Fukagawa Susaki and Jumantsubo, No. 107 from One Hundred Famous Views of Edo
Utagawa Hiroshige (Ando)
This view looking northwest from Fukagawa Susaki, a spit of land along Edo Bay, toward Jūmantsubo, a tract of land named after its approximate area of one hundred thousand tsubo (about eighty acres), is one of the most dramatic designs of the series. Its appeal lies in the contrast between the powerful form of the eagle as it prepares to dive for prey and the desolate wintry marshes below. As in other views devoid of people, there is still a pervasive human presence—in the roofs huddled to the left, in the poles of the lumber-yards beyond, and, above all, in the lone wooden bucket floating at the edge of the bay, surrounded by water birds on which the eagle seems to have its eye.
5th month of 1857
Edo Period, Ansei Era
Sheet: 14 3/16 x 9 1/4 in. (36 x 23.5 cm)
Image: 13 3/8 x 8 3/4 in. (34 x 22.2 cm) (show scale)
Publisher: Shitaya Uo Ei.
This item is not on view
Gift of Anna Ferris
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Utagawa Hiroshige (Ando) (Japanese, 1797-1858). Fukagawa Susaki and Jumantsubo, No. 107 from One Hundred Famous Views of Edo, 5th month of 1857. Woodblock print, Sheet: 14 3/16 x 9 1/4 in. (36 x 23.5 cm). Brooklyn Museum, Gift of Anna Ferris, 30.1478.107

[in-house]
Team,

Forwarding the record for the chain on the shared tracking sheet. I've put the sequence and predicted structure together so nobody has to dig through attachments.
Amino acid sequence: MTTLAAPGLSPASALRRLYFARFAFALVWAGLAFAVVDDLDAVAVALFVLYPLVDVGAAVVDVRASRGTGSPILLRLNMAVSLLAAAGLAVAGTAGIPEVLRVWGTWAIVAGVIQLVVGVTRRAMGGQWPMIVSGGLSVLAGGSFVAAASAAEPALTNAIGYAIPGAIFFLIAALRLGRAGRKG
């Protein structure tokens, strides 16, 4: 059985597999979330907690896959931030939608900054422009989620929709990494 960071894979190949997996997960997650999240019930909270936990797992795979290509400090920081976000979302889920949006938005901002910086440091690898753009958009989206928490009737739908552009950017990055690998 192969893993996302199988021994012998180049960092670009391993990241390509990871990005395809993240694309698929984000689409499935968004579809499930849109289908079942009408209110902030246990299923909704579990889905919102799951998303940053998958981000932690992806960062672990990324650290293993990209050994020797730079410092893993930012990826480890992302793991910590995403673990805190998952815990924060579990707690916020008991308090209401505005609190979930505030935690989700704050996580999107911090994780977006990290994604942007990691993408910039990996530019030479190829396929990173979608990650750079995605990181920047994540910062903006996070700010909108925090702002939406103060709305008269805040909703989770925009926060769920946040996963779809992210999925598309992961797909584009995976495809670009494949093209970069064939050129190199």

overall, 30.1478.107_bw_IMLS.jpg. Brooklyn Museum photograph
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This print is one of the three most often cited as favorites in the series, along with the Rain at Ohashi (print 58) and the Foxfires at Oji (print 118). There is a particular appeal in the powerful form of the eagle as it prepares to dive for prey in the wintry marshes below. The back of the eagle is enhanced with glinting mica and the three claws seen here are coated in shiny gloss. In the distance is the snow-capped form of Mount Tsukuba. Fukagawa Susaki was a portion of land along Edo Bay that had a popular Benten shrine at the tip and that also offered excellent shellfish gathering at low tide in the spring. The view here is from Fukagawa Susaki toward Jumantsubo, a large tract of land that corresponds to the present Senda and Sengoku 2-3 chome neighborhoods in Koto Ward. This area was reclaimed from the marshes in 1723-1726 and named after its approximate area. In Hiroshige's time it was occupied in part by one of the suburban daimyo estates.
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